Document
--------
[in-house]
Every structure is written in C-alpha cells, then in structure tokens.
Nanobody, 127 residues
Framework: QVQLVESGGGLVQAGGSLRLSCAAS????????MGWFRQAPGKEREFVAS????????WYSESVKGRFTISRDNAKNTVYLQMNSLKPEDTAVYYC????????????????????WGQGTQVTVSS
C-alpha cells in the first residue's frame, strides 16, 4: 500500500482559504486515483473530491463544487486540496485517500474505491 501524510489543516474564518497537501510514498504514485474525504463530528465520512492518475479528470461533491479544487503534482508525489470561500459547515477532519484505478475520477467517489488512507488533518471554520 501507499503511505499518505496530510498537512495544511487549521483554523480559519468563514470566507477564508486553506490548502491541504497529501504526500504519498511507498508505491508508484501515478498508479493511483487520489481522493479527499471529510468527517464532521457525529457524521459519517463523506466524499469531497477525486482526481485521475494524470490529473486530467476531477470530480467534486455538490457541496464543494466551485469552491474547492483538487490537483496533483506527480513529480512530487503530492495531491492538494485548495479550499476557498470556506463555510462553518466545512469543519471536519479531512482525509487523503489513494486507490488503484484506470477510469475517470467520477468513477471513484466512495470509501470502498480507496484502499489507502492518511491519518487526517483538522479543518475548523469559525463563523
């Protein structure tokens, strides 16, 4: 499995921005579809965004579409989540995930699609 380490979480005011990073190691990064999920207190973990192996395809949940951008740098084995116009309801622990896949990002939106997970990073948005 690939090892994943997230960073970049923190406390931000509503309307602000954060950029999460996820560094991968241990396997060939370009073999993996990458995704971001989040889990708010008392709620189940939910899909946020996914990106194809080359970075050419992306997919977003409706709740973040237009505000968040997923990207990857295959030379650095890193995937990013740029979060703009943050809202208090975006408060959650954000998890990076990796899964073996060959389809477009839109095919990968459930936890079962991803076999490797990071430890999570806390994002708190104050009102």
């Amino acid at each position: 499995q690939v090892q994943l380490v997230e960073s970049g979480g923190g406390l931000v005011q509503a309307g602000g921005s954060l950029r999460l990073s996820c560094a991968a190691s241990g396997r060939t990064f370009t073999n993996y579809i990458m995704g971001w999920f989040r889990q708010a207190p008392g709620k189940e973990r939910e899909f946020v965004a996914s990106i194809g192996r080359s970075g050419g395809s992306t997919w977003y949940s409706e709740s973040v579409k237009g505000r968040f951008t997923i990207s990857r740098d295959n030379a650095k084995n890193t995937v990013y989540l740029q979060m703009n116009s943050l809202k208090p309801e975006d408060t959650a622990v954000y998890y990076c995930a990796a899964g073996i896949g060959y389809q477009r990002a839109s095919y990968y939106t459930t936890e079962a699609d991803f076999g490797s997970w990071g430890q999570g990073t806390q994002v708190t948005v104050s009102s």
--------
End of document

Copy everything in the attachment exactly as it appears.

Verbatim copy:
[in-house]
Every structure is written in C-alpha cells, then in structure tokens.
Nanobody, 127 residues
Framework: QVQLVESGGGLVQAGGSLRLSCAAS????????MGWFRQAPGKEREFVAS????????WYSESVKGRFTISRDNAKNTVYLQMNSLKPEDTAVYYC????????????????????WGQGTQVTVSS
C-alpha cells in the first residue's frame, strides 16, 4: 500500500482559504486515483473530491463544487486540496485517500474505491 501524510489543516474564518497537501510514498504514485474525504463530528465520512492518475479528470461533491479544487503534482508525489470561500459547515477532519484505478475520477467517489488512507488533518471554520 501507499503511505499518505496530510498537512495544511487549521483554523480559519468563514470566507477564508486553506490548502491541504497529501504526500504519498511507498508505491508508484501515478498508479493511483487520489481522493479527499471529510468527517464532521457525529457524521459519517463523506466524499469531497477525486482526481485521475494524470490529473486530467476531477470530480467534486455538490457541496464543494466551485469552491474547492483538487490537483496533483506527480513529480512530487503530492495531491492538494485548495479550499476557498470556506463555510462553518466545512469543519471536519479531512482525509487523503489513494486507490488503484484506470477510469475517470467520477468513477471513484466512495470509501470502498480507496484502499489507502492518511491519518487526517483538522479543518475548523469559525463563523
């Protein structure tokens, strides 16, 4: 499995921005579809965004579409989540995930699609 380490979480005011990073190691990064999920207190973990192996395809949940951008740098084995116009309801622990896949990002939106997970990073948005 690939090892994943997230960073970049923190406390931000509503309307602000954060950029999460996820560094991968241990396997060939370009073999993996990458995704971001989040889990708010008392709620189940939910899909946020996914990106194809080359970075050419992306997919977003409706709740973040237009505000968040997923990207990857295959030379650095890193995937990013740029979060703009943050809202208090975006408060959650954000998890990076990796899964073996060959389809477009839109095919990968459930936890079962991803076999490797990071430890999570806390994002708190104050009102």
């Amino acid at each position: 499995q690939v090892q994943l380490v997230e960073s970049g979480g923190g406390l931000v005011q509503a309307g602000g921005s954060l950029r999460l990073s996820c560094a991968a190691s241990g396997r060939t990064f370009t073999n993996y579809i990458m995704g971001w999920f989040r889990q708010a207190p008392g709620k189940e973990r939910e899909f946020v965004a996914s990106i194809g192996r080359s970075g050419g395809s992306t997919w977003y949940s409706e709740s973040v579409k237009g505000r968040f951008t997923i990207s990857r740098d295959n030379a650095k084995n890193t995937v990013y989540l740029q979060m703009n116009s943050l809202k208090p309801e975006d408060t959650a622990v954000y998890y990076c995930a990796a899964g073996i896949g060959y389809q477009r990002a839109s095919y990968y939106t459930t936890e079962a699609d991803f076999g490797s997970w990071g430890q999570g990073t806390q994002v708190t948005v104050s009102s």